Venous Disorders: Varicose Veins

Varicosities (varicose veins) are abnormally dilated, tortuous superficial veins caused by incompetent venous valves. It may be considered primary (no involvement of deep veins) or secondary (resulting from obstruction of deep veins). Most commonly, this condition occurs in the lower extremities, the saphenous veins, or the lower trunk. It is estimated that varicose veins occur in up to 60% of the adult population in the US, with an increased incidence with increased age. The condition is most common in women and in people whose occupations require prolonged standing. A hereditary weakness of the vein wall may contribute to the development of varicose veins. Pregnancy may also cause varicose veins and it is rare before puberty.


  • Dilated veins
  • Dull aches
  • Muscle cramps
  • Increased muscle fatigue in the lower legs
  • Ankle edema
  • Leg heaviness
  • Nocturnal cramps

For deep venous obstruction

  • Edema
  • Pain
  • Pigmentation
  • Ulceration

Assessment and Diagnosis

  1. Duplex scan which documents the anatomic site of reflux and provides quantitative measure of severity of valvular reflux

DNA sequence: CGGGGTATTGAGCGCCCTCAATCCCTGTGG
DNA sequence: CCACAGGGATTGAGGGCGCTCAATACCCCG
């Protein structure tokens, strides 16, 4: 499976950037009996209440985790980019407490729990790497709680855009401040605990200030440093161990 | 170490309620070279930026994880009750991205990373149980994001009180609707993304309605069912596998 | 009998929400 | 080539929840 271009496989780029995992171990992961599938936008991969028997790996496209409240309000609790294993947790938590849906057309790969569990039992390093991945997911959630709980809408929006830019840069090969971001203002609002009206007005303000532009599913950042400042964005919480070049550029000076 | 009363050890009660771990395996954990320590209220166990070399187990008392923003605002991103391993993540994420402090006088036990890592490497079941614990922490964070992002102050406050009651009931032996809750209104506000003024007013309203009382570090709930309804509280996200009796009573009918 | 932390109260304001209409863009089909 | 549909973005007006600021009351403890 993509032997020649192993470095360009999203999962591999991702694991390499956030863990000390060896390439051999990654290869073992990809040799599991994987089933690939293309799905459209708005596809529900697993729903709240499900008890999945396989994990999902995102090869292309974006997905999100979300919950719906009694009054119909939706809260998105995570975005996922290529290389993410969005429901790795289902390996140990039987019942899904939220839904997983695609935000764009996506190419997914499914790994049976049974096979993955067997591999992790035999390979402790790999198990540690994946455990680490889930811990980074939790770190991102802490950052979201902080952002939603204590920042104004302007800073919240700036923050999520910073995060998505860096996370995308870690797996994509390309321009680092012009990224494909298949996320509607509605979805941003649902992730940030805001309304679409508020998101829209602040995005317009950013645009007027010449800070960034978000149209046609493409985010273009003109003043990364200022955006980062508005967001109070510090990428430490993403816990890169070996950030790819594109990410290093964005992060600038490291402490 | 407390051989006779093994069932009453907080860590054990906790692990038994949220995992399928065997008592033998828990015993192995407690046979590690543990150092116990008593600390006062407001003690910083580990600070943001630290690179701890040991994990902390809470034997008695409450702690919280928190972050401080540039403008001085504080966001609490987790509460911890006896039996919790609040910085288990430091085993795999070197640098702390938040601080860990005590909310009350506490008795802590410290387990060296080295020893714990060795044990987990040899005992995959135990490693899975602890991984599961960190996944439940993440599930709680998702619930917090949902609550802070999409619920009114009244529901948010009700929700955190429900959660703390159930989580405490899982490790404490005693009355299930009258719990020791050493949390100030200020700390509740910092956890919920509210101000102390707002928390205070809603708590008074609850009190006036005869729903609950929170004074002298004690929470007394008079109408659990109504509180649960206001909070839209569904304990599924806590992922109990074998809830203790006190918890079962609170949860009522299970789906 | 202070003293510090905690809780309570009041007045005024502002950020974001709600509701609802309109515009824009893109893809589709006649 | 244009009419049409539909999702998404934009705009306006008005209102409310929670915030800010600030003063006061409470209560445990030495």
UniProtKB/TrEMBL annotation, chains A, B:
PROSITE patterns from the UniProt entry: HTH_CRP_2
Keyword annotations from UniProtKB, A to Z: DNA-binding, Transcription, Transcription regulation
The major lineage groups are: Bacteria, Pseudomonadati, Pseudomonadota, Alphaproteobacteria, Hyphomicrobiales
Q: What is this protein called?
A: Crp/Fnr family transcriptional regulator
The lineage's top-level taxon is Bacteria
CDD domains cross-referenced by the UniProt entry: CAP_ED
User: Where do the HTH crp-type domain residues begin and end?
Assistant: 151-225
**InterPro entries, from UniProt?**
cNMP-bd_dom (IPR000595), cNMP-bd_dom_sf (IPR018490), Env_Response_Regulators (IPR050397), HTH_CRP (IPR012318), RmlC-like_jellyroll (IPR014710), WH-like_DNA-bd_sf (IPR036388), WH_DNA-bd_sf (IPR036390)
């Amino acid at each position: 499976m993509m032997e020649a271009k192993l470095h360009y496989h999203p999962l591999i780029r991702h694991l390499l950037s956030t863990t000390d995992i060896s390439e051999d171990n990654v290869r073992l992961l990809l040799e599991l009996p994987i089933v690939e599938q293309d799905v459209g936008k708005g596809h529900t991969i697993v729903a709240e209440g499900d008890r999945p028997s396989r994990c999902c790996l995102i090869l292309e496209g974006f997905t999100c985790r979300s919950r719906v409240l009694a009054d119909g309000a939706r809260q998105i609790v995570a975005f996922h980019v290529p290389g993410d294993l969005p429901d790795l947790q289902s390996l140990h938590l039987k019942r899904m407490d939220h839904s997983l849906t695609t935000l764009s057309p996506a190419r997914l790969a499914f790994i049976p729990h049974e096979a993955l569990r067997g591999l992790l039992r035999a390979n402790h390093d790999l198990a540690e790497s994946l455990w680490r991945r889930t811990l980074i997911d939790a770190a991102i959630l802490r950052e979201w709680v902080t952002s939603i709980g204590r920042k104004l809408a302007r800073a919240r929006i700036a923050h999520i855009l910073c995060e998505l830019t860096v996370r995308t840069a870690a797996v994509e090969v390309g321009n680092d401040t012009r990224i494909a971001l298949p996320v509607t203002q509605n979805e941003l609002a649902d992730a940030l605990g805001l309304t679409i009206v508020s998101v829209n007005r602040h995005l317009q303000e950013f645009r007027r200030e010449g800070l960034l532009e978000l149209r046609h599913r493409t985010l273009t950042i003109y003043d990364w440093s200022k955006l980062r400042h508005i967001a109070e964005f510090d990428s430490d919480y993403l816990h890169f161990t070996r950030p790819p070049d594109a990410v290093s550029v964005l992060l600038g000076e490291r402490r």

2. Air plethysmography measures the changes in venous blood volume
  3. Venography to visualize vein anatomy during various leg movements by x-ray studies


  1. Surgery: Saphenous vein is ligated and divided, then an incision is made in the ankle and a metal or plastic wire is passed the full length of the vein to the point of ligation. The wire is then withdrawn, pulling the vein as it is removed (“stripping”). Pressure and elevation keep bleeding at a minimum
  2. Sclerotherapy: a chemical is injected into the vein, irritating the venous endothelium and producing localized phlebitis and fibrosis, obliterating the lumen of the vein. After injection of sclerosing agent, elastic compression bandages are  applied to the leg and are worn for approximately 5 days. These bandages will be removed and be replaced by elastic compression stockings which will be worn for an additional 5 weeks.  After sclerotherapy, patients are encouraged to walk to maintain blood flow in the leg.
  3. Instruct to maintain on bed rest for 24 hours, after which the patient begins walking every 2 hours for 5 to 10 minutes.
  4. Apply compression stockings
  5. Assist patient to perform exercises and to move the legs
  6. Elevate the foot of the bed
  7. Administer analgesics as prescribed
  8. Inspect dressings for bleeding
  9. Be alert for reported sensations of “pins and needles”
  10. Instruct patient to dry the incisions well with a clean towel by patting rather than rubbing
  11. Instruct to avoid application of skin lotion until incisions are completely healed to decrease chances of infection

Byron Webb Romero, RN, MSN

Finished BSN at Lyceum of the Philippines University, and Master of Science in Nursing Major in Adult Health Nursing at the University of the East Ramon Magsaysay Memorial Medical Center. Currently working at Manila Doctors College of Nursing as a Team Leader for Level I and II, Lecturer for Professional Nursing Subjects, and also a Clinical Instructor.

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